You’re a young person, freshly starting your career and beginning to make a name for yourself. You are entrusted with big tasks, like handling confidential material, managing the business’ account and leading the new public relations campaign.
Now, imagine that, like an unfortunate mirror of your own accomplishments, your sexual assaulter is allowed the same responsibilities — maybe an office a branch away or a county away. Maybe their tasks are even bigger than your own. Even though they acted in a terrible way, their privilege is just as strong as before, and the cycle of assault will likely continue. It hardly seems fair.
Across the news, countless stories from sexual assault survivors have finally begun to surface, such as those of U.S. Olympic gymnasts like Simone Biles and Gabby Douglas and actresses like Gwyneth Paltrow and Angelina Jolie.
Although the survivors undoubtedly deserve to speak the truth, this coverage can cause the media to ignore the bystanders behind the scenes — the bosses. These are the supervisors who knew and did nothing or took minimal action to protect accusers and punish the accused.
There may not be a solution to sexual assault, but one important step is evident — people in charge must start taking more drastic measures to punish offenders. Only then will the enabling culture for sexual assault finally begin to change.
Earlier this month, an article in The New York Times revealed Hillary Clinton protected senior adviser Burns Strider, who was accused of sexually harassing a woman on Clinton’s team during her 2008 presidential campaign.
Clinton was aware of the harassment, and her campaign manager even advised that she fire Strider. Instead, Clinton simply moved the woman to a new job within the campaign, docked Strider’s pay and sent him to counseling — only to fire him months later after additional misconduct allegations.
Clinton’s response to the accusation is inexcusable. As a candidate who claimed to stand for the rights of women, she refused to stand up for her female staffer in this situation — instead doing only what suited her own individual success.
Mueller was fired from his old DJ job in Denver after Swift said Mueller grabbed her butt during a meet and greet session. Mueller sued Swift for losing his job, and she countersued for just $1. A judge threw out Mueller’s lawsuit, and a jury found him guilty of battery and assault.
Now, not even a year after Swift reigned triumphant in the lawsuit, the Mississippi station picked up Mueller to give him a fresh, undeserved start. And his new employer doesn’t seem to care about the reality of his past.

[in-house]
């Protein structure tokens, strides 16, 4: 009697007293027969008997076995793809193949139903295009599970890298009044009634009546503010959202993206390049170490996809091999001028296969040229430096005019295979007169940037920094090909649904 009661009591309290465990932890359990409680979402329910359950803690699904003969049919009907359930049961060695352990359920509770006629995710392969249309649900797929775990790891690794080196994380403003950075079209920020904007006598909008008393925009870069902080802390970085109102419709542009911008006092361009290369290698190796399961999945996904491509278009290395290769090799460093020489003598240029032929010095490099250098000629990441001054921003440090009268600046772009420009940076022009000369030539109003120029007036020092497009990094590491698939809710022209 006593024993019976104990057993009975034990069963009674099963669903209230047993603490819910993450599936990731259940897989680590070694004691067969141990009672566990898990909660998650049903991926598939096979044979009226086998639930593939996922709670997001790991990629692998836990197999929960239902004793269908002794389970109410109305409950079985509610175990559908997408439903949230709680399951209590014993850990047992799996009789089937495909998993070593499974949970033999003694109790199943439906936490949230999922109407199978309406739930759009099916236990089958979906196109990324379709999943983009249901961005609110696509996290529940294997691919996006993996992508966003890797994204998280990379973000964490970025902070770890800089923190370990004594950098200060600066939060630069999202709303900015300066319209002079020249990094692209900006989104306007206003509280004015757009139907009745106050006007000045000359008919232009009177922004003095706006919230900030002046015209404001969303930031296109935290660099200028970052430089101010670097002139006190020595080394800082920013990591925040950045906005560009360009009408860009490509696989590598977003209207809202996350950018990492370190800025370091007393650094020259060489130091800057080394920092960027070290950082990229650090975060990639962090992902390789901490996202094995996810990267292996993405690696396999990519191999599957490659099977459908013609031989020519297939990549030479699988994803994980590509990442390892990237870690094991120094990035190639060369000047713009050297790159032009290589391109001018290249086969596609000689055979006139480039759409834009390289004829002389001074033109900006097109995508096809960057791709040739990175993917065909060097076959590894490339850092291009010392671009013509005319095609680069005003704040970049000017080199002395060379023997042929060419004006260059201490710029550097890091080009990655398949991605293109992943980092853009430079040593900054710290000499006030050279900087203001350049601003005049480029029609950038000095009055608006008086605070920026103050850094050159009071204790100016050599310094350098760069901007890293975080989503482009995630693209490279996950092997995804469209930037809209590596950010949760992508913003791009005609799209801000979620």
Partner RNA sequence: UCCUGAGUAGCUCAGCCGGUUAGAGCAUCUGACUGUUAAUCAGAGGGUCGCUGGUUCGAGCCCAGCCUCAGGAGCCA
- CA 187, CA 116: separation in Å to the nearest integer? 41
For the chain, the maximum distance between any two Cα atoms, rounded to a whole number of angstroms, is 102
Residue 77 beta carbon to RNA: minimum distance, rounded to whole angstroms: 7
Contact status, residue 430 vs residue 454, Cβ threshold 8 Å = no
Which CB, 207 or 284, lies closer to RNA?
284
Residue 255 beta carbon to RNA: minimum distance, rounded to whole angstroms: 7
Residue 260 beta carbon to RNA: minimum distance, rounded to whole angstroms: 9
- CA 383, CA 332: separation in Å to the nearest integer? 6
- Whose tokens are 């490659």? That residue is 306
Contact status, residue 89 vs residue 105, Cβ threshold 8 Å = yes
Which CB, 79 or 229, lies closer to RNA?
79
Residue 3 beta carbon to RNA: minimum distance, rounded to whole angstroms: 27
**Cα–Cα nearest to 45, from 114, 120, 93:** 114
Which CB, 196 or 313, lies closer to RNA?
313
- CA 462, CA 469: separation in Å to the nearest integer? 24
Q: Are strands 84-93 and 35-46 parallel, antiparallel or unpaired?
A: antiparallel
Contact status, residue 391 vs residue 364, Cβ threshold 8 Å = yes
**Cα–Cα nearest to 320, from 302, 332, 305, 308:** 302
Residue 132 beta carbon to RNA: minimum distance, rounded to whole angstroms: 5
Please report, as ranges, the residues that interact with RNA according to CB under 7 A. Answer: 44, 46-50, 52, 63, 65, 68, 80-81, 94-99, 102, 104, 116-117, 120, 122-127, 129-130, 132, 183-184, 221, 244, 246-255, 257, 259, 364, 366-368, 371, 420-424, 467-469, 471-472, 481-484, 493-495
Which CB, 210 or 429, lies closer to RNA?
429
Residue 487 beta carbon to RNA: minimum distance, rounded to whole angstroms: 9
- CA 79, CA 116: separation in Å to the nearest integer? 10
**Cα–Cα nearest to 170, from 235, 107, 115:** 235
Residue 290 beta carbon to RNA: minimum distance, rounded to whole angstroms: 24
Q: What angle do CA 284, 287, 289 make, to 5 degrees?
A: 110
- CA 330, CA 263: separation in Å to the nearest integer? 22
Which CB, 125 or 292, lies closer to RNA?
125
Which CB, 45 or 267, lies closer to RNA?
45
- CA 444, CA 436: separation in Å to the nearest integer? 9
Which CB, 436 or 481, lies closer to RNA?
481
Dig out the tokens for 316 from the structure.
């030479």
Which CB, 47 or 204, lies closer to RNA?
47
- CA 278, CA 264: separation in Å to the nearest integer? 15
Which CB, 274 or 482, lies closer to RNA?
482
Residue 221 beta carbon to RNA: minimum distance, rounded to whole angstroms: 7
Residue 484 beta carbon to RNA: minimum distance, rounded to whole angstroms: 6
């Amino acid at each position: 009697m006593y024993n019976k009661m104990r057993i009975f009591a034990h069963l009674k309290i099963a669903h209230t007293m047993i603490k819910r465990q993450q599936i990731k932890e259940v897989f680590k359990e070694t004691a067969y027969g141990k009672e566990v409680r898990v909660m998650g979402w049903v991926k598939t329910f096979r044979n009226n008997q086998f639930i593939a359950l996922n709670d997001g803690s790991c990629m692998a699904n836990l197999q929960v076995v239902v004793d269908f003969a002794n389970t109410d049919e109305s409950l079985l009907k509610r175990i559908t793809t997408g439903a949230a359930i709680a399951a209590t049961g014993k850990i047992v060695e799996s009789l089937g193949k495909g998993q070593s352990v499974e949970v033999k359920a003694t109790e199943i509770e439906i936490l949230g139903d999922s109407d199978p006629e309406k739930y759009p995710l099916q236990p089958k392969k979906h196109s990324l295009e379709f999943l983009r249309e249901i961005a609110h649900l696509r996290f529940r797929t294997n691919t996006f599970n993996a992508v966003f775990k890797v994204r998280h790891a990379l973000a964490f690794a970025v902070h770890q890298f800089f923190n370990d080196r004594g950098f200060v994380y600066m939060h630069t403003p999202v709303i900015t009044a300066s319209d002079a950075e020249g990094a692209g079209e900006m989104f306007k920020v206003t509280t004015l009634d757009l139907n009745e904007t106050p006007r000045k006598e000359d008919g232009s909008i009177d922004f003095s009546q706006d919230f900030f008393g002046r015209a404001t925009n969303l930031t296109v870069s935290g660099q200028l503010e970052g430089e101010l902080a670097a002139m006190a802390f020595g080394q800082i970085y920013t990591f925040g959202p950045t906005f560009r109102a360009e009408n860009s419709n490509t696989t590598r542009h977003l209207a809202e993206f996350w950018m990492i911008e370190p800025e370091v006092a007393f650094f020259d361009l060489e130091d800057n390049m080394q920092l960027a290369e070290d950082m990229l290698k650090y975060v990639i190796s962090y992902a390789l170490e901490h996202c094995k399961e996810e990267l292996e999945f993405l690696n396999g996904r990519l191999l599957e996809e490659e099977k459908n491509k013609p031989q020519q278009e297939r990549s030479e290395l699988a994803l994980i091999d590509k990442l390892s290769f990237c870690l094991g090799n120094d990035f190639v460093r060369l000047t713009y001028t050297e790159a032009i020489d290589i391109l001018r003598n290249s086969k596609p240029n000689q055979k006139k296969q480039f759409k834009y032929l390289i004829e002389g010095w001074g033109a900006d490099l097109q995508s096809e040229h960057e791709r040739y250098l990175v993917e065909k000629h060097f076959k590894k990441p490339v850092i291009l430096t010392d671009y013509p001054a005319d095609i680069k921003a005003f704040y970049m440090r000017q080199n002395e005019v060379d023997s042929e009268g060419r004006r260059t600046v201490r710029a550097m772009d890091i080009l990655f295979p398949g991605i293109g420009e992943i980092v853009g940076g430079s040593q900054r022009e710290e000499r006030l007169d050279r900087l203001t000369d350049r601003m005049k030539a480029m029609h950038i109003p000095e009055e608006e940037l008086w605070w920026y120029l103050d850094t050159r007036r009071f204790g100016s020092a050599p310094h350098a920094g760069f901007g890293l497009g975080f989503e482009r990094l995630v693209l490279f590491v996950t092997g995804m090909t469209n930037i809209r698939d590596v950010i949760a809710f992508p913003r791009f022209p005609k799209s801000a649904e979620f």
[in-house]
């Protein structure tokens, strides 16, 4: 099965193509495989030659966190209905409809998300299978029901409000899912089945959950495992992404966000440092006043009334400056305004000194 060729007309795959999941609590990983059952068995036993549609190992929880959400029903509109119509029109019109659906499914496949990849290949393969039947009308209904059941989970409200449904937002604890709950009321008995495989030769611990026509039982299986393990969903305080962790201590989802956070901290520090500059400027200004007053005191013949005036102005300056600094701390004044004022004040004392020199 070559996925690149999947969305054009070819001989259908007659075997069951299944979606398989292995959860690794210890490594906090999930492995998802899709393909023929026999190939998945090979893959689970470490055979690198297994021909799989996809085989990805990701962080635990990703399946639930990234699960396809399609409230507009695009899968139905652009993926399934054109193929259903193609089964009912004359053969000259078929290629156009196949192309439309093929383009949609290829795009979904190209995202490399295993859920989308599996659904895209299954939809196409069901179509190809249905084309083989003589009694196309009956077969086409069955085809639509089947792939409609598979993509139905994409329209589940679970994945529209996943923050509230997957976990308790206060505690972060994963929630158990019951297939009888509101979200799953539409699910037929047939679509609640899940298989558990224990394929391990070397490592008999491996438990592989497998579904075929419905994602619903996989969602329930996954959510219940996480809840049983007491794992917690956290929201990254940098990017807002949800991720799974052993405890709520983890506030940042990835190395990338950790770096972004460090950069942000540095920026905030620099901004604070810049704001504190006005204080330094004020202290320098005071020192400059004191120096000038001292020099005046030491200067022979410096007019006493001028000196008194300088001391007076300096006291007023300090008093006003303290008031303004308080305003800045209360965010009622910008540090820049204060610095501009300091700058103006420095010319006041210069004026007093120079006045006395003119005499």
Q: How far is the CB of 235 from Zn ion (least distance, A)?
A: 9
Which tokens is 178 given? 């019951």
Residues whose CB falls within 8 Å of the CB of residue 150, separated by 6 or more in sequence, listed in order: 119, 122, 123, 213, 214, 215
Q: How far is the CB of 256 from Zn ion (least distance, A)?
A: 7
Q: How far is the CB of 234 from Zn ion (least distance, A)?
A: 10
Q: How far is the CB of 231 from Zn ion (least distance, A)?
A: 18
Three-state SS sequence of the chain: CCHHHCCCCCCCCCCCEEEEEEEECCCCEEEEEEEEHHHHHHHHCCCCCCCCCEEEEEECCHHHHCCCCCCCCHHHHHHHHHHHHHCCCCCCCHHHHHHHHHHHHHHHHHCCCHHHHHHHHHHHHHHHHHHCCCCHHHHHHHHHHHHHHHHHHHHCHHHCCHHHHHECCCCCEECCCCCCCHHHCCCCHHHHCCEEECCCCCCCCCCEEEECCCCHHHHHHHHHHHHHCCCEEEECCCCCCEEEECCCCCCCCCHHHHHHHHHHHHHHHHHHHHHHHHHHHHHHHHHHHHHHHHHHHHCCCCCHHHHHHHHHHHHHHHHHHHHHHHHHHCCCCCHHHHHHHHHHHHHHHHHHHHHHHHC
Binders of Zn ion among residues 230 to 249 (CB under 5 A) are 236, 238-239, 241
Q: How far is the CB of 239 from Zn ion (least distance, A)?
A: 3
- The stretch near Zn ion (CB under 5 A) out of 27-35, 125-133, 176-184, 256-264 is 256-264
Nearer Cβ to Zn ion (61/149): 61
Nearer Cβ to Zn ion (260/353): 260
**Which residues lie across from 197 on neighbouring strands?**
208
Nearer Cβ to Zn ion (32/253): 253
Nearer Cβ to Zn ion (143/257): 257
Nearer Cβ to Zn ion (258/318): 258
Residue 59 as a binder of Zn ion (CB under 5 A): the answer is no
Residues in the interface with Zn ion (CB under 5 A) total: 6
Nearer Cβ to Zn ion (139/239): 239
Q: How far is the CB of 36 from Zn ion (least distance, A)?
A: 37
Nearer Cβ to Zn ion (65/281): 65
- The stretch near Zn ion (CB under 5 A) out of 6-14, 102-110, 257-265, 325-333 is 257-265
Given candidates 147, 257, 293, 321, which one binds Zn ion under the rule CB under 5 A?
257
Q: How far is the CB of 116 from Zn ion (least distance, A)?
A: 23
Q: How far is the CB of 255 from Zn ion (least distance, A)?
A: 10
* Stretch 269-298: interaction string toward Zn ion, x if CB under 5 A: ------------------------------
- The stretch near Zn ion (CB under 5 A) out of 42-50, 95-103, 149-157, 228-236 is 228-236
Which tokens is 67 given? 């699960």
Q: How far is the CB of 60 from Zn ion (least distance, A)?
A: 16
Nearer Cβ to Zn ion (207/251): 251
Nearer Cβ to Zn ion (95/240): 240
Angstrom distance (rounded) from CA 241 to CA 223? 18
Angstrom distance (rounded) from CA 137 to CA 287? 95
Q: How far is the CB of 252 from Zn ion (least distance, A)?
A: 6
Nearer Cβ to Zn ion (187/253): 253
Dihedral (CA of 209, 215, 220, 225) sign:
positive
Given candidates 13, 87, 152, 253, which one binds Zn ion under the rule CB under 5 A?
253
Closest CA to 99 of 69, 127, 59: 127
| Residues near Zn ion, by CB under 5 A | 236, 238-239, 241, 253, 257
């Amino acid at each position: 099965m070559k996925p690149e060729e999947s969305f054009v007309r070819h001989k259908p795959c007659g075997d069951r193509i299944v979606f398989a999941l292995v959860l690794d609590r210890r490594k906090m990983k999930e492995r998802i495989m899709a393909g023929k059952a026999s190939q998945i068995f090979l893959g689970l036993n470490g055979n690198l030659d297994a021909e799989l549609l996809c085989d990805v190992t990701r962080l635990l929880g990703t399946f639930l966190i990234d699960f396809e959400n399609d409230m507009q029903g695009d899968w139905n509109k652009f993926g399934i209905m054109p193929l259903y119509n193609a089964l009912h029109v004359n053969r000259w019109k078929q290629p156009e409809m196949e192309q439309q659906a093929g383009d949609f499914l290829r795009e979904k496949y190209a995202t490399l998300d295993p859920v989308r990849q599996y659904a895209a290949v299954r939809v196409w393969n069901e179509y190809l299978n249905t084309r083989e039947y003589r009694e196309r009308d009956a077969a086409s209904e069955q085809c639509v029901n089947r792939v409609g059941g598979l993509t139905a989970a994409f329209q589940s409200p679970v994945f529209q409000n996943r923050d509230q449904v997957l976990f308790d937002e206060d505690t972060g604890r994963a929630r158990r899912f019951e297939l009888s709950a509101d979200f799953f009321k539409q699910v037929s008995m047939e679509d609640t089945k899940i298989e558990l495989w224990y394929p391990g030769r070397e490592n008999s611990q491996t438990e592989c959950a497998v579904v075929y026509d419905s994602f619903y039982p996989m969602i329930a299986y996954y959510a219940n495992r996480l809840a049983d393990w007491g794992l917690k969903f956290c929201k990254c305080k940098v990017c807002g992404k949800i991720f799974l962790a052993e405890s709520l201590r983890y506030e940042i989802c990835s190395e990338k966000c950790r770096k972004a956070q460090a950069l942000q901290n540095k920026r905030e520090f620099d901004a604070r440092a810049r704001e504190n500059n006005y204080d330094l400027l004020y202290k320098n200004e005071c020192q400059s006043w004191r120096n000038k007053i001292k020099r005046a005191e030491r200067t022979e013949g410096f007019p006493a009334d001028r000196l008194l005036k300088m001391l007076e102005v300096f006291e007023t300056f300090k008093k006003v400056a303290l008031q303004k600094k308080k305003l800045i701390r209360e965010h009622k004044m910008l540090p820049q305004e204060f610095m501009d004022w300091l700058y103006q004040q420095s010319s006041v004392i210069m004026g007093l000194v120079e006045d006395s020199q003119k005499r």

The head executive of Delta Radio, Larry Fuss, received swathes of angry emails protesting the new hire — and his response was anything but respectful to Swift or the nature of sexual assault in general.
“There is no hard evidence that Mr. Mueller is a ‘sexual predator,’” Fuss said. “Attempting to crucify the man for what was, even if he did do it, not on the same level as an actual sexual assault, is out of line.”
Fuss’s response is almost ironic, and clearly way more out of line than punishing a man for inappropriate touching — which, by the way, is “actual” sexual assault. RAINN, an anti-sexual violence organization, includes unwanted sexual touching in the definition of “assault.”
He even denies Mueller ever groped Swift, although a damning photo of Mueller’s hand uncomfortably behind Swift with the singer awkwardly leaning as far as possible in the other direction is available with a quick Google search.
Fuss giving Mueller a second chance is one thing. Even though it is irresponsible in light of the recent court case and the #MeToo movement, it is at least comprehensible. Fuss’s denial, however, of Swift’s assault is despicable.
Denying a harassment case that was actually proven in a trial has consequences beyond the case in question. If a harassment incident occurred at the Mississippi station, it would be much more difficult for the survivor to come forward — especially if the culprit were Mueller.
If Fuss did not believe an assault proven in a court of law, why would he believe an assault reported to him by his employees?
The commonality between Clinton’s and Fuss’ cases is the inability of two superiors to take into account the widespread repercussions of harassers’ actions. Both employers’ actions were problematic — in Clinton’s case, dismissing the seriousness of assault, and in Fuss’ case, denying that they ever happened.
In a 2017 Pew Research Center poll, 22 percent of employed women said they had experienced sexual assault at work. It is time for bosses to step up and take charge of their employees by refusing to brush these statistics and stories aside. If an employee is accused of harassment, the conversation should not end with the accused and the superior.
Supervisors need to actively engage in conversations with employees about what is considered harassment — and not only listen to them, but take strong action when workers come forward with harassment or assault claims.
Changing the workplace culture will, in turn, help to create an environment where employees know they cannot get away with abuse.
But nothing will change unless those around the survivors begin to speak out as well, especially when it comes to workplace superiors.
Alexis primarily writes about local issues and student life for The Pitt News. Write to Alexis at firstname.lastname@example.org.